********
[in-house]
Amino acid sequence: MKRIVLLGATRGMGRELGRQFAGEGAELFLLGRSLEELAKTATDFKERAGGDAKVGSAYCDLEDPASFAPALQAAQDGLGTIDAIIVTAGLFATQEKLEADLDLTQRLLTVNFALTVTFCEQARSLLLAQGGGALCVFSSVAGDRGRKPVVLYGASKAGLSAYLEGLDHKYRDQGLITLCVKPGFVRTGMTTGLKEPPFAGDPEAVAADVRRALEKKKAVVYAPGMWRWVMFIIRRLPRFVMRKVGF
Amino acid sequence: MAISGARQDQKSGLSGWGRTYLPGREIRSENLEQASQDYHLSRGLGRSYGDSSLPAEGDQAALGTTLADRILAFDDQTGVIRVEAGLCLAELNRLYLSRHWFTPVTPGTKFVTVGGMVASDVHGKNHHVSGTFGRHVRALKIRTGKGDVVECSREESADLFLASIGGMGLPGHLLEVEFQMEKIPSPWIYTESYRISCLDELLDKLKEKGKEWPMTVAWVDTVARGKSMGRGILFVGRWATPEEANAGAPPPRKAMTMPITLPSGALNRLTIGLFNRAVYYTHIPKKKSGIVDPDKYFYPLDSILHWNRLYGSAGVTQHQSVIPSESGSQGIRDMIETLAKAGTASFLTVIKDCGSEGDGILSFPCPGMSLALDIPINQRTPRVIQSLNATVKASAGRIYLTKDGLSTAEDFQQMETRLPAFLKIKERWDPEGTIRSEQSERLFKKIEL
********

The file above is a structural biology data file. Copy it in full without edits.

[in-house]
Amino acid sequence: MKRIVLLGATRGMGRELGRQFAGEGAELFLLGRSLEELAKTATDFKERAGGDAKVGSAYCDLEDPASFAPALQAAQDGLGTIDAIIVTAGLFATQEKLEADLDLTQRLLTVNFALTVTFCEQARSLLLAQGGGALCVFSSVAGDRGRKPVVLYGASKAGLSAYLEGLDHKYRDQGLITLCVKPGFVRTGMTTGLKEPPFAGDPEAVAADVRRALEKKKAVVYAPGMWRWVMFIIRRLPRFVMRKVGF
Amino acid sequence: MAISGARQDQKSGLSGWGRTYLPGREIRSENLEQASQDYHLSRGLGRSYGDSSLPAEGDQAALGTTLADRILAFDDQTGVIRVEAGLCLAELNRLYLSRHWFTPVTPGTKFVTVGGMVASDVHGKNHHVSGTFGRHVRALKIRTGKGDVVECSREESADLFLASIGGMGLPGHLLEVEFQMEKIPSPWIYTESYRISCLDELLDKLKEKGKEWPMTVAWVDTVARGKSMGRGILFVGRWATPEEANAGAPPPRKAMTMPITLPSGALNRLTIGLFNRAVYYTHIPKKKSGIVDPDKYFYPLDSILHWNRLYGSAGVTQHQSVIPSESGSQGIRDMIETLAKAGTASFLTVIKDCGSEGDGILSFPCPGMSLALDIPINQRTPRVIQSLNATVKASAGRIYLTKDGLSTAEDFQQMETRLPAFLKIKERWDPEGTIRSEQSERLFKKIEL